The message is an appropriate one of Easter week – one of personal redemption and forgiveness granted even when the recipient does not feel worthy of it.  Yet despite the fact that most of us will at times in our life be in a position of needing forgiveness, most will also not likely relate to Moore – a person who knew right from wrong but still managed to commit robbery and murder while using drugs and alcohol.

Yet, on some level, each of us will likely find us in the role of the Stapleton family.  There will be those looking to us for personal forgiveness as we will look to others.  Forgiveness is often difficult to ask for.  It is even more difficult at times to grant.

Whether Christian or not, there is a message in here for each of us.  No one ever got ahead by trying to get even.  Sometimes you just need to let the past be the past and move on.

We cannot change past events, but each of us can change the future for ourselves and for others.  Whether on the asking or receiving end, forgiveness is a tool that we need to use more often.

20 comments

  1. jiminga says:

    There has only ever been one Man on earth with the power to forgive sin. The post suggests a sincere act of contrition should replace our criminal justice system, much like our politicians who screw up, apologize, and all is forgiven.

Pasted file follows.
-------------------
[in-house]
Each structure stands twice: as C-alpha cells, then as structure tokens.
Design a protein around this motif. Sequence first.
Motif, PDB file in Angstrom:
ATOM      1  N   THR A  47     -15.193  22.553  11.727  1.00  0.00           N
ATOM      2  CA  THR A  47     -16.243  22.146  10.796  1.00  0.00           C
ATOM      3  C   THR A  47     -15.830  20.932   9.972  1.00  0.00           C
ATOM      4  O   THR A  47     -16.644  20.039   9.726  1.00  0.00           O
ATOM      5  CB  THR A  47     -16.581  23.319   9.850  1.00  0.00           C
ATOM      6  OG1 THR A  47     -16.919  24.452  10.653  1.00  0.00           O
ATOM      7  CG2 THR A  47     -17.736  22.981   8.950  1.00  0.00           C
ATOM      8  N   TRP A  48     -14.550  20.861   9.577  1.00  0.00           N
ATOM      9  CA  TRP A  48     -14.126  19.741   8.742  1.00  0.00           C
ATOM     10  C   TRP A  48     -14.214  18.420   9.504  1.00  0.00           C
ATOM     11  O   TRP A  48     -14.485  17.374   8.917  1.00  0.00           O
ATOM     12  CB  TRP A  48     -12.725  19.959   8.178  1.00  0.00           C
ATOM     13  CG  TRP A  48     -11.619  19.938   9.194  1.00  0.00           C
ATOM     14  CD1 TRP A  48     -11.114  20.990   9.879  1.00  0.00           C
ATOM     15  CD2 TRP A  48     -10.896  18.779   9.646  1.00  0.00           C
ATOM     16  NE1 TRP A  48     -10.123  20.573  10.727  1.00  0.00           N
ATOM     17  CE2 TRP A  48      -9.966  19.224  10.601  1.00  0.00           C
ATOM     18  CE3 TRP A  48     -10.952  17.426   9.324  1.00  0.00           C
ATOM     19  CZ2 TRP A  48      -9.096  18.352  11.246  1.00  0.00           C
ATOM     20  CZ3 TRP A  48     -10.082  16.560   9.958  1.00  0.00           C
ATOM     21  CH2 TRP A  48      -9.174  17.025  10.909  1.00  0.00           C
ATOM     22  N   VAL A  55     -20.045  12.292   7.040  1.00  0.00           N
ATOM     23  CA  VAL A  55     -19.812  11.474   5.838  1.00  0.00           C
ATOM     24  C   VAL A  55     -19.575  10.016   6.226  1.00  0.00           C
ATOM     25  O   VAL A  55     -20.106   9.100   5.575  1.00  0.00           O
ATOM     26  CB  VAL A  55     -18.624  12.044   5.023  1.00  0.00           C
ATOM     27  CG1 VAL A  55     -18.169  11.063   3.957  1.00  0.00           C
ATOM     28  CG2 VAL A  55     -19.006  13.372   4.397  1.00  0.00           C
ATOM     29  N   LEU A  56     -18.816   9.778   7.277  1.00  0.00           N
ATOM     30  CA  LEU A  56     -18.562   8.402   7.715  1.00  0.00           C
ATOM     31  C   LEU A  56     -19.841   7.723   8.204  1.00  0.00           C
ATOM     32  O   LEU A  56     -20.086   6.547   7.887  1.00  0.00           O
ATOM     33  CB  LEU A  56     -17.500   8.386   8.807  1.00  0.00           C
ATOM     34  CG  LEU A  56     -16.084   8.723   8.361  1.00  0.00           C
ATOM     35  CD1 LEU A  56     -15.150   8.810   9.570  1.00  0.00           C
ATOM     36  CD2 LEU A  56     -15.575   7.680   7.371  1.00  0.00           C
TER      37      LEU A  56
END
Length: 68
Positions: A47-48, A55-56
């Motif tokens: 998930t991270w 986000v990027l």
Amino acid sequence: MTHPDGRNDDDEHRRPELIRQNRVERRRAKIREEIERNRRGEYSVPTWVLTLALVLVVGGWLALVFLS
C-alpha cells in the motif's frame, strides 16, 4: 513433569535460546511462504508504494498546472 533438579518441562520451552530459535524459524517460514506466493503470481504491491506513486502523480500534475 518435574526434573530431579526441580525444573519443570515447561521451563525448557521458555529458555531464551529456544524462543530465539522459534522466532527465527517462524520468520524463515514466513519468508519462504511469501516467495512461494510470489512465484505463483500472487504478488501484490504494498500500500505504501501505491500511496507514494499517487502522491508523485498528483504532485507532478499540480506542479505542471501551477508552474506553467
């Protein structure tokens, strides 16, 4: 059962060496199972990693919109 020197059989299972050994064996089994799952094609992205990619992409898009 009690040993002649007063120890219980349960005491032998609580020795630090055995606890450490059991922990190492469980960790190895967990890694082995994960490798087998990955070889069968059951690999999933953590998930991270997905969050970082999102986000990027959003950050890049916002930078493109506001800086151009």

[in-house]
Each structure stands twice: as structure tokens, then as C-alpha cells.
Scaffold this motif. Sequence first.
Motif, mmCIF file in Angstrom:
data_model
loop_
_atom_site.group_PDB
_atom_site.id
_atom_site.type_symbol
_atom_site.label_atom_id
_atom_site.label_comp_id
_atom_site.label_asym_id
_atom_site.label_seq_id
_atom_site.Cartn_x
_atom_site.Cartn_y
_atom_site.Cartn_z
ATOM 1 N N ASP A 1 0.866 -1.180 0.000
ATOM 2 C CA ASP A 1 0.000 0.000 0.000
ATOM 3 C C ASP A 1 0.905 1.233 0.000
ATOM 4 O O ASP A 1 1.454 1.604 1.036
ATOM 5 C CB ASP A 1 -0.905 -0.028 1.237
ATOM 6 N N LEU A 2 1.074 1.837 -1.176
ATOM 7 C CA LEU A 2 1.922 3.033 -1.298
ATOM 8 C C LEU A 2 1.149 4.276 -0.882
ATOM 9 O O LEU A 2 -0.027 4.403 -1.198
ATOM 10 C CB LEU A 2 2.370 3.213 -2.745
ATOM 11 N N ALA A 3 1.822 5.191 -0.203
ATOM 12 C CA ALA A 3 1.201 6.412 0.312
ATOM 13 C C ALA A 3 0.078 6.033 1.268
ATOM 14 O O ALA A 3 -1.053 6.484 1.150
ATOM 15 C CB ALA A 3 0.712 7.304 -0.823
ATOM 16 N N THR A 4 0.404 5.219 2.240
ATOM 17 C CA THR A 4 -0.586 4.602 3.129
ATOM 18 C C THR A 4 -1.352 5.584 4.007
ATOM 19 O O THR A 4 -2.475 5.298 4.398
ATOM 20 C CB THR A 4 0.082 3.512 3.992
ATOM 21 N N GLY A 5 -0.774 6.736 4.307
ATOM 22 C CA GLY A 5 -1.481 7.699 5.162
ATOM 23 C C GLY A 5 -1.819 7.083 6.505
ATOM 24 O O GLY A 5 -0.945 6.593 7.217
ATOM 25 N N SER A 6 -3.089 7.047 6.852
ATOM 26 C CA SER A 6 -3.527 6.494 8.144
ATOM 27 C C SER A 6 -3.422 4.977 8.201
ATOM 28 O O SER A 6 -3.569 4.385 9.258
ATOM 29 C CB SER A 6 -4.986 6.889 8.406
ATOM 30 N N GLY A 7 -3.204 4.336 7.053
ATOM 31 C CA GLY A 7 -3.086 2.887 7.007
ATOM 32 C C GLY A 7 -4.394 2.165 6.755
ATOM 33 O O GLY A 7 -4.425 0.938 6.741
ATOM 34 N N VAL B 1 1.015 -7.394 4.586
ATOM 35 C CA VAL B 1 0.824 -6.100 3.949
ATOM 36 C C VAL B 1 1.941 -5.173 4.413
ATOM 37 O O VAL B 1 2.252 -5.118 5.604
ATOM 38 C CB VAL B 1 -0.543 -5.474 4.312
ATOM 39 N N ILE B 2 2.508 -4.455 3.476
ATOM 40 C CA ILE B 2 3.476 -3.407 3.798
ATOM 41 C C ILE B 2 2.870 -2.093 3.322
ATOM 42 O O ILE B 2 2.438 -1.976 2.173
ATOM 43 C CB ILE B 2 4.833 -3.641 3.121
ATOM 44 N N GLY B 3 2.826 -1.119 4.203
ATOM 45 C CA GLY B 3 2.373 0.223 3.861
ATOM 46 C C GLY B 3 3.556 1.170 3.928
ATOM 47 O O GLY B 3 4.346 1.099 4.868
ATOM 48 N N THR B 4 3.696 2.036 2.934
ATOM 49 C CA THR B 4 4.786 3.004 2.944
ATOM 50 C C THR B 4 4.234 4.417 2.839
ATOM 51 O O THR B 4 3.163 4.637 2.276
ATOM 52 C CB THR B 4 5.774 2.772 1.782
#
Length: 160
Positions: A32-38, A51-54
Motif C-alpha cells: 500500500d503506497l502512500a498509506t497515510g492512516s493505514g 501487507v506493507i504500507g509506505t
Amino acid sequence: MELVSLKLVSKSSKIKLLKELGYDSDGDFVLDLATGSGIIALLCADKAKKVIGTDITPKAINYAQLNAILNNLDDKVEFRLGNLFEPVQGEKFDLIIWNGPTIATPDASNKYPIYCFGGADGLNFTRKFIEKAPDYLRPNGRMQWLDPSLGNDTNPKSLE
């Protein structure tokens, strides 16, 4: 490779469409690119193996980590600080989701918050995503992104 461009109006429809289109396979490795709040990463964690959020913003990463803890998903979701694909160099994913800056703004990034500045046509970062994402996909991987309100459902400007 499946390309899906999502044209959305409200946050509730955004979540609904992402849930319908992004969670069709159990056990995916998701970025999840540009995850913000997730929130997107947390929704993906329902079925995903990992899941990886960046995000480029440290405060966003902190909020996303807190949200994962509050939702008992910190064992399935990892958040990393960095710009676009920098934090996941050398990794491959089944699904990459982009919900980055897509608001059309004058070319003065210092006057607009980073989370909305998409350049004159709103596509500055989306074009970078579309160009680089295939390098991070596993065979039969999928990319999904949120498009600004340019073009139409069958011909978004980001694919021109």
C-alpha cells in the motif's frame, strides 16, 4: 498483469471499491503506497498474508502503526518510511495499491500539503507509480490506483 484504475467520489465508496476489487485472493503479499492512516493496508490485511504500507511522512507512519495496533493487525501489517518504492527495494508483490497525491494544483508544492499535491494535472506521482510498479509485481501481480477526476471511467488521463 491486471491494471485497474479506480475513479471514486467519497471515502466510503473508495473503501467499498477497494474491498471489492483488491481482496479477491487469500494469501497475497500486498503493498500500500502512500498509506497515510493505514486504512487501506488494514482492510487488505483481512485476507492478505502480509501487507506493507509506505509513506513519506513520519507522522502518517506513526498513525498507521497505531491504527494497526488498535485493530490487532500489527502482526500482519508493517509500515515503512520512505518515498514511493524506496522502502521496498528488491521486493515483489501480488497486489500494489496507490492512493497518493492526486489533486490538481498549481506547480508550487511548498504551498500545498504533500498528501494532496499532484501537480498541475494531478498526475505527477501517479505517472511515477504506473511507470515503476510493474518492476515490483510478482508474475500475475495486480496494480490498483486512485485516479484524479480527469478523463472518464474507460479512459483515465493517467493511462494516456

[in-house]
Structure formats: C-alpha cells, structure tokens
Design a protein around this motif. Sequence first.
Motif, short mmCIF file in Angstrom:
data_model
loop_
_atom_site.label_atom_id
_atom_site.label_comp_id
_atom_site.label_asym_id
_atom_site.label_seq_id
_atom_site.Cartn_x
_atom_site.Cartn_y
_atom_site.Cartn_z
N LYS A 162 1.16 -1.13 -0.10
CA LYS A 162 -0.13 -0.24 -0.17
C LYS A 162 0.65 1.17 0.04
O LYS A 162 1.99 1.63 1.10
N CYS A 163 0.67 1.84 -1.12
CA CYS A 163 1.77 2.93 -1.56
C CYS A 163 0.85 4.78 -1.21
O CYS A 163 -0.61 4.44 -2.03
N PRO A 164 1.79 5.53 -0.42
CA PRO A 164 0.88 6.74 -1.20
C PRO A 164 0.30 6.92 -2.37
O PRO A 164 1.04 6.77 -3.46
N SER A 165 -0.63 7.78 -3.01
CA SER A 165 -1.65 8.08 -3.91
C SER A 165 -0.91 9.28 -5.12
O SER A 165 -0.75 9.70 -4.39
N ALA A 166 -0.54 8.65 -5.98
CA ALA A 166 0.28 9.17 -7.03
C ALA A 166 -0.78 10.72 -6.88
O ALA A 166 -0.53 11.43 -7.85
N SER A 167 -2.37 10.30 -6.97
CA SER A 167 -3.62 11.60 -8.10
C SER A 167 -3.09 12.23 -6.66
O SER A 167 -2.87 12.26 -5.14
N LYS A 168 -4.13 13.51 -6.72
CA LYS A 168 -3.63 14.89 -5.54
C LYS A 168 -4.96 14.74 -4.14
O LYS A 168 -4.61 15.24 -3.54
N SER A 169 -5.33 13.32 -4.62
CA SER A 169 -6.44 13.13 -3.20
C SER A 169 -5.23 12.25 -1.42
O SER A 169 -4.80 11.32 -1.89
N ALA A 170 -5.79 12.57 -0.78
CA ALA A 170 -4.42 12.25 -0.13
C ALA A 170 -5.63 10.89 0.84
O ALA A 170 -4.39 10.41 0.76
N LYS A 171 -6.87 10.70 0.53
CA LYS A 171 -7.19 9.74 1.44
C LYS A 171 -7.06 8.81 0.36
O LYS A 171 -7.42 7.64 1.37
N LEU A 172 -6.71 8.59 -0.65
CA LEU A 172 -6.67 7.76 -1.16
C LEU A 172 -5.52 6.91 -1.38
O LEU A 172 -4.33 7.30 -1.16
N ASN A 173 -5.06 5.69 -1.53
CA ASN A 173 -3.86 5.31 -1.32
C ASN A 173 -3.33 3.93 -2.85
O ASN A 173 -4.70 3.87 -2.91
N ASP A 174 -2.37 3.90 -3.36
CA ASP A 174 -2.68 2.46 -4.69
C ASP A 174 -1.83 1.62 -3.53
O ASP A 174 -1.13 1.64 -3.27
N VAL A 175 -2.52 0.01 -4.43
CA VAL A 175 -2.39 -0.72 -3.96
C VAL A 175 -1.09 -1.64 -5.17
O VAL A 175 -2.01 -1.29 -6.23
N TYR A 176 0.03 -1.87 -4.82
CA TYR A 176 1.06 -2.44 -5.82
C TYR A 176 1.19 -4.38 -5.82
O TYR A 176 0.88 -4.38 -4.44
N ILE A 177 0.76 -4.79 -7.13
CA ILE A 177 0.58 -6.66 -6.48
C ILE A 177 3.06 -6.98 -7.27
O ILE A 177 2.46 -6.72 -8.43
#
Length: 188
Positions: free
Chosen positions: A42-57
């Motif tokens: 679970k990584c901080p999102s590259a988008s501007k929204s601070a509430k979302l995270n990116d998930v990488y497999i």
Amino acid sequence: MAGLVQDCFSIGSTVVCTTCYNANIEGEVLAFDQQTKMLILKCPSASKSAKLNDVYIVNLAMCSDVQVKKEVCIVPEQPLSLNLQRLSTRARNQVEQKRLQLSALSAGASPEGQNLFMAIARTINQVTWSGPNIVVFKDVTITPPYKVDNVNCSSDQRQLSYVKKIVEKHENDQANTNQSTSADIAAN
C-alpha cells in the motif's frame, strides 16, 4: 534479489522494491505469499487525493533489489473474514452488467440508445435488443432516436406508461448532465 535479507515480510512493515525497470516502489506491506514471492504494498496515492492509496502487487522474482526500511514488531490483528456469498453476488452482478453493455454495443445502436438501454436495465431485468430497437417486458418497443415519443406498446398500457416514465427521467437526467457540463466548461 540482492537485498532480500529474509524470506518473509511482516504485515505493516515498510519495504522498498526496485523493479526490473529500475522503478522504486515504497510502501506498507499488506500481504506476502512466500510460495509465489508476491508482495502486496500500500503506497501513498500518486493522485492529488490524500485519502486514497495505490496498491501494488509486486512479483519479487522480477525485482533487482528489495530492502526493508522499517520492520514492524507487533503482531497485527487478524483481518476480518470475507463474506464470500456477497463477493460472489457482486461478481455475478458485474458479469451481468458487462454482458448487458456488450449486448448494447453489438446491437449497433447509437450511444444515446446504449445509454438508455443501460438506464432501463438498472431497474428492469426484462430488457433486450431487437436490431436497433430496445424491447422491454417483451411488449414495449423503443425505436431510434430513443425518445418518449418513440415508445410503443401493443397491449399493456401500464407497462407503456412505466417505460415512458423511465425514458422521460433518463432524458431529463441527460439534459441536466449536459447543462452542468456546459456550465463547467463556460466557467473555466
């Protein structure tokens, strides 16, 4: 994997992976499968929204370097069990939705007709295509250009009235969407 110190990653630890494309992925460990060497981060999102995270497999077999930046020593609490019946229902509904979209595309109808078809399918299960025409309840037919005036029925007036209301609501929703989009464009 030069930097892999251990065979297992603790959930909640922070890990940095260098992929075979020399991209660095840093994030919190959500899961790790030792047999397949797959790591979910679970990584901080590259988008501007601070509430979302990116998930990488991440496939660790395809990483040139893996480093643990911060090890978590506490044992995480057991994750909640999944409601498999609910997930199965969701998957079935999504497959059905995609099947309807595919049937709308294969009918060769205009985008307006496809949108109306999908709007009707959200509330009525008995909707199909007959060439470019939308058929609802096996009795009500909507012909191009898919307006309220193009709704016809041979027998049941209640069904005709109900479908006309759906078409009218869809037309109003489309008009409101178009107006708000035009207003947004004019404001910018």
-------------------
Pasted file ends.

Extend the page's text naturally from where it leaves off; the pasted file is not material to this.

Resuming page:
I, for one, could forgive a guy who stole my TV, but only God can forgive a confessed murderer who knew he was doing wrong. “An eye for an eye” comes to mind.

    • Dave Bearse says:

      Forgiveness, personal and divine, given and recieved, is to me Christianity’s single most important tenet.

      • sockpuppet says:

        @James:

        An eye for an eye is from the Jewish law and Jesus Christ is a Jew who came to fulfill the law, not destroy it. Also, look at Matthew 5:38-39. Jesus Christ was not rejecting “an eye for an eye” in the legal sense but in a personal moral and ethical sense as part of one’s religious and spiritual life. Capital punishment for murder – and other crimes – according to Jewish law were still very much in effect and Jesus Christ never at any times stated that they shouldn’t be.

        • James says:

          But he never stated that they should be, either. This is the problem with relying on a magical myth-book to justify social policies — you can read into it whatever you want. Jesus didn’t specifically say no capital punishment = Jesus supports capital punishment. Sounds crazy to me.

  2. Dave Bearse says:

    I had not much followed the series in the AJC of which the story you mention is a part, but I found it a worthy read of forgiveness and second chances.

  3. sockpuppet says: